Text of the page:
Banks’ annuity fee income rose 10% in the second quarter, but that income is nevertheless down 7.8% for the first half of the year because first-quarter annuity sales were so weak, according to a report released Thursday.
Income earned, or commissions, from the sale of annuities at bank holding companies rose to $640.9 million, up 10.0% from $582.6 million in first-quarter 2010, according to the Michael White-American Bankers Insurance Association bank annuity fee income report.
This year’s second-quarter commissions were 8.0% higher than the $593.1 million earned in the second quarter of 2009. However, first-half 2010 annuity commissions of $1.22 billion were down 7.8% from the $1.33 billion in fee income earned in first-half 2009.
“Bank annuity revenues were really bad in the first quarter of this year. They were way down, and that is holding back first-half results. The big picture story is that there is some decent improvement in the sales of annuities, but there’s still a ways to go,” said Michael White, president of bank insurance consulting firm Michael White Associates, headquartered in Radnor, Pa., in a phone interview.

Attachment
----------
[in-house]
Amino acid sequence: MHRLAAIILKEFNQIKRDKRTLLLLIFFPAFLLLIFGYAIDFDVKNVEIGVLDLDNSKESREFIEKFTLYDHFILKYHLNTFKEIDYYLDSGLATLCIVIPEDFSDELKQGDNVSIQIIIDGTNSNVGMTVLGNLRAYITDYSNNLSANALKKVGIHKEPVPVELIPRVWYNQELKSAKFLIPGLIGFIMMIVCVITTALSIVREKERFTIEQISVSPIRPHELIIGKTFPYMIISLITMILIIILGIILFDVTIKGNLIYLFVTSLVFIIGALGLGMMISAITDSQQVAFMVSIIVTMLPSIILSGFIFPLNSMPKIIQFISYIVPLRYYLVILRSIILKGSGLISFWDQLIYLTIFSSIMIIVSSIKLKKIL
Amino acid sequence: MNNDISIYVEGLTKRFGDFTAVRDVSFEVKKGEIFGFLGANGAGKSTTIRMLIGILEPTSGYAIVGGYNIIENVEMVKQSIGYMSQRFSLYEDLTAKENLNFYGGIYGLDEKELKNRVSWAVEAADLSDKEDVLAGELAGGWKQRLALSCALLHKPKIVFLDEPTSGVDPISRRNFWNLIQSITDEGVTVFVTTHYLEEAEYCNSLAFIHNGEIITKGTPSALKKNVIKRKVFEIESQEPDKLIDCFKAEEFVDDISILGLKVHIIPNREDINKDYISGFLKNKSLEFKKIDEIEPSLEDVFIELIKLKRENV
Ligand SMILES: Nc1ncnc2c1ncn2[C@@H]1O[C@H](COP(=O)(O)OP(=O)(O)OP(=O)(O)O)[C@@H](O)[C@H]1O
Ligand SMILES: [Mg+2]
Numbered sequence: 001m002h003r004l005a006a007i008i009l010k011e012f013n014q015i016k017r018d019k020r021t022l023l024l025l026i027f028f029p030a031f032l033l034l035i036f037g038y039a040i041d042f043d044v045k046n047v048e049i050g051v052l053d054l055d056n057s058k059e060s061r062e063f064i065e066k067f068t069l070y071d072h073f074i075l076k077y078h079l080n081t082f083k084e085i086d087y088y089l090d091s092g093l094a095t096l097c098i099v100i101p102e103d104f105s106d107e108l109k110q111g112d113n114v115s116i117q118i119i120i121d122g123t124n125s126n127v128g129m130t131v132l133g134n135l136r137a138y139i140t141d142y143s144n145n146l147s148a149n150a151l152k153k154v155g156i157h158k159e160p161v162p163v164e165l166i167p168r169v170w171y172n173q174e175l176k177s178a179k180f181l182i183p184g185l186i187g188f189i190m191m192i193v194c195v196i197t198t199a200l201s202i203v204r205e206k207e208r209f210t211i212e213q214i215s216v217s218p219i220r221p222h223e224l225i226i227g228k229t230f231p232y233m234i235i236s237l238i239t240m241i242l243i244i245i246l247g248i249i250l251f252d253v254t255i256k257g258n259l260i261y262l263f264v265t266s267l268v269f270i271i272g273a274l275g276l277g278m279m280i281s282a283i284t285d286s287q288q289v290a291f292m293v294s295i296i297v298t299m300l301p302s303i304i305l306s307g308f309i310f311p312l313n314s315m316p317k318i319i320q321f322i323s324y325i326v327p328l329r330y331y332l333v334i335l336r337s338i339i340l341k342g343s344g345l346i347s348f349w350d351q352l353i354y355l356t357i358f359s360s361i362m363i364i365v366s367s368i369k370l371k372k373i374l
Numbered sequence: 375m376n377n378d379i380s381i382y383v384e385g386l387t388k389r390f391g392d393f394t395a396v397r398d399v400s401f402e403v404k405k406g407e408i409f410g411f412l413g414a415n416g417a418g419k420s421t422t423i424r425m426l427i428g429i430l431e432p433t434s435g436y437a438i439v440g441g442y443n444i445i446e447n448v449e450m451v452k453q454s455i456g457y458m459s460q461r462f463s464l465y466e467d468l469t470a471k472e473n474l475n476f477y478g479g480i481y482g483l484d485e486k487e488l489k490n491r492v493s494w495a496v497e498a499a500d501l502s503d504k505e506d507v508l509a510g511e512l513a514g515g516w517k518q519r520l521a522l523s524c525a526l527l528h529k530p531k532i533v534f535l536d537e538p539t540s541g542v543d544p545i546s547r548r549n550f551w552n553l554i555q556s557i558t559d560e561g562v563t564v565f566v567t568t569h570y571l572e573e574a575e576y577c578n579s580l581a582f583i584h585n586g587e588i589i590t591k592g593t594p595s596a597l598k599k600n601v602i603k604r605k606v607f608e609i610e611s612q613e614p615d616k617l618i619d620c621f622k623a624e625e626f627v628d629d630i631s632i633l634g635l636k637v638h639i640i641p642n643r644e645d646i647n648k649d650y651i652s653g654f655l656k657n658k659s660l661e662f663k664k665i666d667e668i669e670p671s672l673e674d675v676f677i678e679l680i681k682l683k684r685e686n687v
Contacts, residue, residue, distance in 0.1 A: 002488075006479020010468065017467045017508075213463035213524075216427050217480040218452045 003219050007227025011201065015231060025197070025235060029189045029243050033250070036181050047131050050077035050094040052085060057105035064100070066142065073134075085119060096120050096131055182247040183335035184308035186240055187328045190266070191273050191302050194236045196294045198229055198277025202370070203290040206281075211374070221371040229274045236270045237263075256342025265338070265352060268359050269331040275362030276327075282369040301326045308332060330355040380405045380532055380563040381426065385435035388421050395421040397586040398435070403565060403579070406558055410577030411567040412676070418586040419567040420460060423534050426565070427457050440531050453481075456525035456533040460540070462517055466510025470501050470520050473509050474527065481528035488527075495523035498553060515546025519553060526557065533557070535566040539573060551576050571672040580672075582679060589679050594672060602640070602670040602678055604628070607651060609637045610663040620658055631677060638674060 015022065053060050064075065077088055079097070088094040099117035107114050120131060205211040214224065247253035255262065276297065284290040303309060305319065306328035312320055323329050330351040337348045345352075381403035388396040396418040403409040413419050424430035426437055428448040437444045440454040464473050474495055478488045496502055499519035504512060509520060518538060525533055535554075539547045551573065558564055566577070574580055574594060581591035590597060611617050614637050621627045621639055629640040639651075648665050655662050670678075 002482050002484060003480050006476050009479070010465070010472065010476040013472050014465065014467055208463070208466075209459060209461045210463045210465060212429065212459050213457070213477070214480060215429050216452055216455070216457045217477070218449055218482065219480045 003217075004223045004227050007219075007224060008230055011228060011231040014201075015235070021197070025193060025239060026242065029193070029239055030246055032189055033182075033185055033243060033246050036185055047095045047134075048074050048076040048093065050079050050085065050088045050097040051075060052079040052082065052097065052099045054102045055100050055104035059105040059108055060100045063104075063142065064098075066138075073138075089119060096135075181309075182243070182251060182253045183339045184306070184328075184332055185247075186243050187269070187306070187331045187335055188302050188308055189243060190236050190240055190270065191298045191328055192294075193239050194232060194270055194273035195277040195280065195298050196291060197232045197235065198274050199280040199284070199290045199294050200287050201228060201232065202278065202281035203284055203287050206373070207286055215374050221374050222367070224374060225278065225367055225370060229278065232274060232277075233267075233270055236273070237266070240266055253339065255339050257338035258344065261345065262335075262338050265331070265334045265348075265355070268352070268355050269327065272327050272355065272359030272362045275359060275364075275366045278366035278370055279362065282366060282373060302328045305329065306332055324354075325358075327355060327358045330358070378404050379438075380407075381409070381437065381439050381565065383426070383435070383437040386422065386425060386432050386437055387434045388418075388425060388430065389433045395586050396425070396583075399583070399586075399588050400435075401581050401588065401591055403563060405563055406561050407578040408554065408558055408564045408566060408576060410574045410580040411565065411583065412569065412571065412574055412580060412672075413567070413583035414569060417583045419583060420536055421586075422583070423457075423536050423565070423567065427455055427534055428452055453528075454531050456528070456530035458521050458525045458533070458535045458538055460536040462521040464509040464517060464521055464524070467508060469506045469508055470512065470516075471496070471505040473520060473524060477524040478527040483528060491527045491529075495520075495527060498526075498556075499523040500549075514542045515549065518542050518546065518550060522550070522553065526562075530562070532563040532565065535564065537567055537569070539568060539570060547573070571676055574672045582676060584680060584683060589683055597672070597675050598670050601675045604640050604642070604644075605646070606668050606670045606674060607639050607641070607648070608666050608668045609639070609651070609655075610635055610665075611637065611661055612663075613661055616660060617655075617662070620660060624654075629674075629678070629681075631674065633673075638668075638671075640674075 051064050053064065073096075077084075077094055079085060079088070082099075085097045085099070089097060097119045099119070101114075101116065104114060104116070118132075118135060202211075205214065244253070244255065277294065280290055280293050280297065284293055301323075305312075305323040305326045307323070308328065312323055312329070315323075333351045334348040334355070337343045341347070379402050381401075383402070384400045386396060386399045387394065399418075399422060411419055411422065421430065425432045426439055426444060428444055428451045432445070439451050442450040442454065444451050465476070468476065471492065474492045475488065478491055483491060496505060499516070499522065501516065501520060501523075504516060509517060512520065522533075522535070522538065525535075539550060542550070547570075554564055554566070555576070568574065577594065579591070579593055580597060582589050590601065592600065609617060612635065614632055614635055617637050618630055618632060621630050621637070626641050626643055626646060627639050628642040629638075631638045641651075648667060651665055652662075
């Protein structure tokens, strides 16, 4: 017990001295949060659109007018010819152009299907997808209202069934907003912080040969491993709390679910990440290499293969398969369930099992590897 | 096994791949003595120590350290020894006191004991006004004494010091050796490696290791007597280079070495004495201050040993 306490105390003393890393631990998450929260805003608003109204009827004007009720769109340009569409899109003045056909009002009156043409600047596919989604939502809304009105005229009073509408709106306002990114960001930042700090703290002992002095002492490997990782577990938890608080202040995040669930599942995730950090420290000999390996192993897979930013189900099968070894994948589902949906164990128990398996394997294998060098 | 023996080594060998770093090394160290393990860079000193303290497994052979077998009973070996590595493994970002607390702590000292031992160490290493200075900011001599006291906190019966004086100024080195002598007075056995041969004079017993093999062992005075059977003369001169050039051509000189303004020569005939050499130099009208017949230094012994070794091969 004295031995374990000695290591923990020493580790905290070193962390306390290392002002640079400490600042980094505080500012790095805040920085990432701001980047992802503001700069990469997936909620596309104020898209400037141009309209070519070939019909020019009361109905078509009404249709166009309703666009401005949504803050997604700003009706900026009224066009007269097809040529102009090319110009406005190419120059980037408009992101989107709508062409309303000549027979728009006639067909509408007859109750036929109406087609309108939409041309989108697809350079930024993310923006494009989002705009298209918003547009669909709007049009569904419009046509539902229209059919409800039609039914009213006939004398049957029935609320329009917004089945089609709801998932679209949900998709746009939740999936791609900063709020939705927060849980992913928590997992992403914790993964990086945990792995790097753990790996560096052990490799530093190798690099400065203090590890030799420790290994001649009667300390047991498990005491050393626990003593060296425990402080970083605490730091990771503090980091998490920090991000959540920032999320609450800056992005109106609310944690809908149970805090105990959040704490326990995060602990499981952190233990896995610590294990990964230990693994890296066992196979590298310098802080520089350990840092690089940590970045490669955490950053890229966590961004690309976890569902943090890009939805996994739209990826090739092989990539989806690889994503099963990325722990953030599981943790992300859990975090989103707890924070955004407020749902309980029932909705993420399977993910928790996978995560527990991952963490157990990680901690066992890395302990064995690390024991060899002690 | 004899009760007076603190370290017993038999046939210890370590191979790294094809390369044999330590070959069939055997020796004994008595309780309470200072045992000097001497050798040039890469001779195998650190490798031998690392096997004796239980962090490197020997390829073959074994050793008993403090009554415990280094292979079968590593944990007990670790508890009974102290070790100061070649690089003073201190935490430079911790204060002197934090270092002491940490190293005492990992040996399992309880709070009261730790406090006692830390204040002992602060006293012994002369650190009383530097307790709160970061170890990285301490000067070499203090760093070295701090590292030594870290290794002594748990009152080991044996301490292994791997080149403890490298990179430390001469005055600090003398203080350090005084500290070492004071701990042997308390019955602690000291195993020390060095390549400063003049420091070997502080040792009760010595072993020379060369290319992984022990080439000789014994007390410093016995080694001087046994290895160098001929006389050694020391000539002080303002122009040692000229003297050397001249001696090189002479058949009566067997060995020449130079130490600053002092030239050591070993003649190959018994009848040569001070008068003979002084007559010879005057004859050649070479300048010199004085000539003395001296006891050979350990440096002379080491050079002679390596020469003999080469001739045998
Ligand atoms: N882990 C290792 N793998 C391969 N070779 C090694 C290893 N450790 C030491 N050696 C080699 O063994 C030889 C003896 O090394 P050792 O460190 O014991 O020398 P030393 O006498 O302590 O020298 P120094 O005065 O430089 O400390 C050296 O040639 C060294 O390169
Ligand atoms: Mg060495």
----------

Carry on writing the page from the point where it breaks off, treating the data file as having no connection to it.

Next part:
Of 930 bank holding companies (BHCs), 387, or 41.6%, participated in annuity sales activities during first-half 2010. Their $1.22 billion in annuity commissions and fees constituted 10.8% of their total mutual fund and annuity income of $11.33 billion and 15.1% of total BHC insurance sales volume of $8.10 billion. The volume equals the sum of annuity and insurance brokerage income.
Of 7,077 banks, 894, or 12.6% participated in first-half annuity sales activities. Participating banks earned $375.0 million in annuity commissions, or 30.6% of the banking industry’s total annuity fee income. However, bank annuity production was down 22.6% from $484.3 million in first-half 2009.
Wells Fargo & Company, Morgan Stanley, and JPMorgan Chase & Co. led all bank holding companies in annuity commission income in first-half 2010.
Compiled by Michael White Associates and sponsored by American Bankers Insurance Association, a separately chartered insurance affiliate of the American Bankers Association, the bank annuity fee income report measures and benchmarks the banking industry’s performance in generating annuity fee income. It is based on data from all 7,077 commercial and FDIC-supervised banks and 930 large top-tier bank holding companies operating on June 30, 2010.
Read “Annuities: A Better Answer than Social Security” by Victor Connor, president of Connor Financial Group, from the archives of AdvisorOne.com.